Atlantic divide

Being an American heading up the UK operation has not caused any concern, internally or among customers, she says. "We are an American company in the UK, but Sun UK is very localised. Some 99% of our staff are from the UK or from other parts of Europe less than 1% are American. We try to run things with a local flair. We have offices all over the UK and Ireland, so we have a very clear UK identity.

I think customers can be happier to talk to someone from corporate. I can also get more people over from the US who make decisions, and I can get them in front of customers to talk. Since I have been here, Scott McNealy has been over three times. We also get people over who are in charge of product development and direction, and they sit down with customers. I always tell customers to be open and direct - not too polite the company is keen on getting direct and honest feedback on what customers expect from us."

It is often claimed that the UK is several years behind the US in terms of technology adoption and business, but Jones sees far more similarities than differences. "Compared with many other parts of the world, the UK is pretty close to the US not as different as Asia, for example, or even France and Germany. Both of our economies are very dependent on the financial services sector. People work in a similar manner," she says.

But there are differences, she adds, but with the scales possibly tipped in the favour of the UK way of life. "People here are more polite. I think people in the US can be more direct. You want things done, and done now, and then you are gone. In the UK, people tend to be more focused on building relationships.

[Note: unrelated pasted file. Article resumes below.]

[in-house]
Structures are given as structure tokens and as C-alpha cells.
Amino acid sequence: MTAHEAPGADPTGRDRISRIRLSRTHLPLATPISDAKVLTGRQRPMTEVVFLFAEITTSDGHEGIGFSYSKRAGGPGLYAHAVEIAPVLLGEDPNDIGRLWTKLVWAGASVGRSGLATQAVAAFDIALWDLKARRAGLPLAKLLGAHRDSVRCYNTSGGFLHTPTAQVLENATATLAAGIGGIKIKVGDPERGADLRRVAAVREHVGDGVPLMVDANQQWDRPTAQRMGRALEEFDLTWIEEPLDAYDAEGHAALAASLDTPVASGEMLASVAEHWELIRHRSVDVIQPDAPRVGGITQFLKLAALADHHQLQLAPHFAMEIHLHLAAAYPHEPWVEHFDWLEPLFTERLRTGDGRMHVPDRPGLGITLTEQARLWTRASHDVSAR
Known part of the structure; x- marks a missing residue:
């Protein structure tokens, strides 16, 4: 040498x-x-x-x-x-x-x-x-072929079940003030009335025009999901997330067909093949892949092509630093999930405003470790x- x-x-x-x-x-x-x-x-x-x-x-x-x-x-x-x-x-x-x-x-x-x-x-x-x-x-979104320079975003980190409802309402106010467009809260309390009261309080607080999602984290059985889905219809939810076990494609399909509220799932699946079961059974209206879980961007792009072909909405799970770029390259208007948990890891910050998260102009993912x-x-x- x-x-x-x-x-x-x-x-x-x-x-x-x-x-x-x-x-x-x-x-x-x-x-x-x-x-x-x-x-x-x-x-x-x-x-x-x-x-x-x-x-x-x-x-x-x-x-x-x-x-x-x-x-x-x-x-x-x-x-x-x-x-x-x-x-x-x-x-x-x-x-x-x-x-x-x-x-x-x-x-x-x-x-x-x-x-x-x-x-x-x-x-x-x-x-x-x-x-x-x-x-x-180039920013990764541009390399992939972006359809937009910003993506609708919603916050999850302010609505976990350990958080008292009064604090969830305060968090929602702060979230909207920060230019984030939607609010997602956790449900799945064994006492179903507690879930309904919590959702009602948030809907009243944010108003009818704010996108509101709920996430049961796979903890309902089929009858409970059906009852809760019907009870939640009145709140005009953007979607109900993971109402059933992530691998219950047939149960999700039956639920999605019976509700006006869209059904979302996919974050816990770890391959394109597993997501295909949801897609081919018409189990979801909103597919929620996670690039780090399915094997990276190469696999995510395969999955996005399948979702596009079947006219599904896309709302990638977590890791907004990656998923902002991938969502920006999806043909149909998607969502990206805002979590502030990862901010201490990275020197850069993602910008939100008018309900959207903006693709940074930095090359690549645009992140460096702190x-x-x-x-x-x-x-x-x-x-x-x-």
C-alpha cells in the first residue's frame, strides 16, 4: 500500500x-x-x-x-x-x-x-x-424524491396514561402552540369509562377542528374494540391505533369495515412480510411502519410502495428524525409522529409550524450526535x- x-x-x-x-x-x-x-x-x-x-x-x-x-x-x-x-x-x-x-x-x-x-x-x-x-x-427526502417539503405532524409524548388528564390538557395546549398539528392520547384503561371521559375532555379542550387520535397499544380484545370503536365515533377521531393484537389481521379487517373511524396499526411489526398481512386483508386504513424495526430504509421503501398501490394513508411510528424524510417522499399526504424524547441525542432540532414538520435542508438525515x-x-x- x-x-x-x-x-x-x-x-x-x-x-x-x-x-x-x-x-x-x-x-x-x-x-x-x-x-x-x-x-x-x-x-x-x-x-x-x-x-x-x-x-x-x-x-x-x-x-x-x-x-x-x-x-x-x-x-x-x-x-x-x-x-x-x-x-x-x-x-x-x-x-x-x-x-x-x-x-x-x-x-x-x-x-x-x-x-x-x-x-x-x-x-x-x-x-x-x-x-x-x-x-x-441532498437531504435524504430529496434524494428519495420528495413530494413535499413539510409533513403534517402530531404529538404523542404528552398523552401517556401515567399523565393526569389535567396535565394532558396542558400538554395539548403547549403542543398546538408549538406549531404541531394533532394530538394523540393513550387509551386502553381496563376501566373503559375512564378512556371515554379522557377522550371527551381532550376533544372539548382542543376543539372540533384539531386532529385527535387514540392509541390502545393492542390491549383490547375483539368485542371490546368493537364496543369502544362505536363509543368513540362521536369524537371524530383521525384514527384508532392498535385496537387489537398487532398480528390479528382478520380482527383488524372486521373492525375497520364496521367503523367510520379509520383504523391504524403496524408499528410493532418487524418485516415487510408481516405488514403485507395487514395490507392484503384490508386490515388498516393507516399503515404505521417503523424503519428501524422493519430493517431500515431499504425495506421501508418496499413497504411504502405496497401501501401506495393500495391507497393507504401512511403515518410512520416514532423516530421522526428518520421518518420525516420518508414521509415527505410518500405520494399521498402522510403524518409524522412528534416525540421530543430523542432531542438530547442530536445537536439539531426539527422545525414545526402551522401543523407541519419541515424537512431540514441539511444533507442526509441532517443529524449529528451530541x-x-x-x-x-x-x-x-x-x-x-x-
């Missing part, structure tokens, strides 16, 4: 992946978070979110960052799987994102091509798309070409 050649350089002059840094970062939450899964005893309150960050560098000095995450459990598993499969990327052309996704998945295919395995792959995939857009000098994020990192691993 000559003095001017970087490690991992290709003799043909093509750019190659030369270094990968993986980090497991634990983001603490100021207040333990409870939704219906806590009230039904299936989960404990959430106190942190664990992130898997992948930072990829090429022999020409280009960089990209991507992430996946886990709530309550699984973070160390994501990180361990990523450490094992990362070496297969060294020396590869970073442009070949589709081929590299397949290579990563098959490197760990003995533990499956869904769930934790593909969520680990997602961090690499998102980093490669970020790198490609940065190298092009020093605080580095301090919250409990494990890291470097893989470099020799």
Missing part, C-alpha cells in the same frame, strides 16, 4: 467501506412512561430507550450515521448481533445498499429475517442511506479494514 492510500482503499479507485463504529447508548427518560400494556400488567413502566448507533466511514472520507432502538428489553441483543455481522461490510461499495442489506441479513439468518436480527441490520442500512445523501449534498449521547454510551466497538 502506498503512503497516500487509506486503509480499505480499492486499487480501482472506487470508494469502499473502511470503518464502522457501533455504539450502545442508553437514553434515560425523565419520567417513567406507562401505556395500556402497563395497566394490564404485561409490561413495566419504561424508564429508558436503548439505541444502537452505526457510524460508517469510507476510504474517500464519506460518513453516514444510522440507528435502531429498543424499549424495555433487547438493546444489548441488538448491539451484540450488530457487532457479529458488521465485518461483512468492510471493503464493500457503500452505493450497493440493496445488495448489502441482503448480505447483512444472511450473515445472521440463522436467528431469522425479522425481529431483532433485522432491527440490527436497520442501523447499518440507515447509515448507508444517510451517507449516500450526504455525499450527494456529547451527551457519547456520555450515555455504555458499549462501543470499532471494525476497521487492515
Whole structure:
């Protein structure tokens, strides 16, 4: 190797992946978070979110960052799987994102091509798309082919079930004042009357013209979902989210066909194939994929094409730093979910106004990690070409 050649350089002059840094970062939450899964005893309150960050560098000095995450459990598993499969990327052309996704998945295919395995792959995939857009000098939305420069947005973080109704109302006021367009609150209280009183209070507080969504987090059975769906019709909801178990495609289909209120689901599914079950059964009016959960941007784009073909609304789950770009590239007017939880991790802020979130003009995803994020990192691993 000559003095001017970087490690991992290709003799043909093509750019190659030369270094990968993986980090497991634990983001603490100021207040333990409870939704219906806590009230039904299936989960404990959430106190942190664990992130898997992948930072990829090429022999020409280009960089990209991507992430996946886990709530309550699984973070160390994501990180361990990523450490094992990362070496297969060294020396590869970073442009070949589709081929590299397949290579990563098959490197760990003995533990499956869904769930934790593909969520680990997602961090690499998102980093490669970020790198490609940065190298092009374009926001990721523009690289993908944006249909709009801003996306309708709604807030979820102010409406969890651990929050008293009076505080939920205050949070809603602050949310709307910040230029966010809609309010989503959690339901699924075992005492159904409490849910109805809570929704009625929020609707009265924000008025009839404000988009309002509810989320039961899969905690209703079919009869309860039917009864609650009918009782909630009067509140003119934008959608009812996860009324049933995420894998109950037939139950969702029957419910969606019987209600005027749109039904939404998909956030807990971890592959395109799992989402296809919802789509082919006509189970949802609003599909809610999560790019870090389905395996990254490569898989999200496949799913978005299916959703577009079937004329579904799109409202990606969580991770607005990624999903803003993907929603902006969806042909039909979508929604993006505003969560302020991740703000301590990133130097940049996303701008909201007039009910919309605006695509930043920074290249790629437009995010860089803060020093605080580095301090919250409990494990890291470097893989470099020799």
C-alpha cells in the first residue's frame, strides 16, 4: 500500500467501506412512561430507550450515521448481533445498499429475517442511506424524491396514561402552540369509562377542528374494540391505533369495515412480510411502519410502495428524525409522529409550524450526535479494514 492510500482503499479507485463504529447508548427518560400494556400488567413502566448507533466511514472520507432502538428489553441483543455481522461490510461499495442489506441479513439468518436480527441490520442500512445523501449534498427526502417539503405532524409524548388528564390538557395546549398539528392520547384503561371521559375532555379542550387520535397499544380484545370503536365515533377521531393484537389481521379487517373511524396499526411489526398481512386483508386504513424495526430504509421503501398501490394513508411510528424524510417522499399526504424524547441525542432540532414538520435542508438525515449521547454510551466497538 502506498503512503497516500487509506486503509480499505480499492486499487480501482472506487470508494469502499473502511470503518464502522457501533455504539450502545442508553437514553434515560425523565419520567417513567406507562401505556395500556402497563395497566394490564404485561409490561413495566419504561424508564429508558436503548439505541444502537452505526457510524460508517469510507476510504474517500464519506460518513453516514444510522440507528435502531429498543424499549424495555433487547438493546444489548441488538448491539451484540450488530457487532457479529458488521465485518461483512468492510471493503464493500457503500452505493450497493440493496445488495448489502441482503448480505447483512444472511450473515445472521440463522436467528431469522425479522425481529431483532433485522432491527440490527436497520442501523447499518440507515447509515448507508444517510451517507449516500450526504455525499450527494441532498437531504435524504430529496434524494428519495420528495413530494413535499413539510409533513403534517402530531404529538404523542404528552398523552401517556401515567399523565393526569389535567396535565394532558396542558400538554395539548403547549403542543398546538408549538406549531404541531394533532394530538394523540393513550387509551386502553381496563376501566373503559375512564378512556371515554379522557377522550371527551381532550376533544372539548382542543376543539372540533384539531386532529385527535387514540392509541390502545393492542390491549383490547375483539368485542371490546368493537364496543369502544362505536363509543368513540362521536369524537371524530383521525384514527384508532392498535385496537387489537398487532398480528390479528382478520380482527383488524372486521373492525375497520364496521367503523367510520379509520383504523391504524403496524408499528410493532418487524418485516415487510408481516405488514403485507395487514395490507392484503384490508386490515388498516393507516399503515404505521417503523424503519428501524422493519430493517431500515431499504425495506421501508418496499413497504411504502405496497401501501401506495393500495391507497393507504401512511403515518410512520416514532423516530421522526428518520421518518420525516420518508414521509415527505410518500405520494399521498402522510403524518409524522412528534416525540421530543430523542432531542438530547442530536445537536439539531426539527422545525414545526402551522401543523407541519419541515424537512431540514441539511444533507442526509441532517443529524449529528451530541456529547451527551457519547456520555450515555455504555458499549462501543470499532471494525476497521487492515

"It is not just a case of 'what can you do for me now?' in the UK. That applies to customers and partners, as well as staff. People just look at things in longer terms. People are more willing to make time to meet with you. Something I focus on is communications and customer intimacy. People are very keen on keeping in touch and listening so they understand what we have to offer."

Great achievements

Looking back over the past year or so in the UK, Jones can see some particular achievements, both corporate and personal. "In 2008, I grew Sun's presence and market in the UK and Ireland. Sun became an active member of the CBI Climate Change Board, in addition to our four-year membership of the Corporate Leaders Group for Climate Change. And I felt very privileged to receive an honorary degree from University of Edinburgh in 2008.

Looking to the future, outside of continued work for Sun, Jones is adamant that education will play an enormous part in her life. "One of the things I have done on the side is start up a non-profit organisation with Scott McNealy called Curriki [which is building an internet site for Open Source Curriculum (OSC)]," she says.

"The idea of Curriki is that different children learn at different rates in different ways, so if you can collect content on the web from all around the world, then people can come in if their kids are having problems, or if they are shooting ahead, and learn for themselves. Some kids may not respond well to the way we teach maths in the US, but they may respond to the way it is taught in the UK or Singapore. Education is so important it is definitely something I will be involved with in the future."

CV: Kim Jones 
1987: Joined Sun Microsystems.

1993: Director of international industry sales development.

1999: Vice-president of global education and research.

2005: Vice-president of global government, education and healthcare.

2007: UK/Ireland president and managing director.

Prior to joining Sun, Jones held a number of sales, marketing and management positions at Wang Laboratories and Xerox Corporation.


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This was last published in February 2009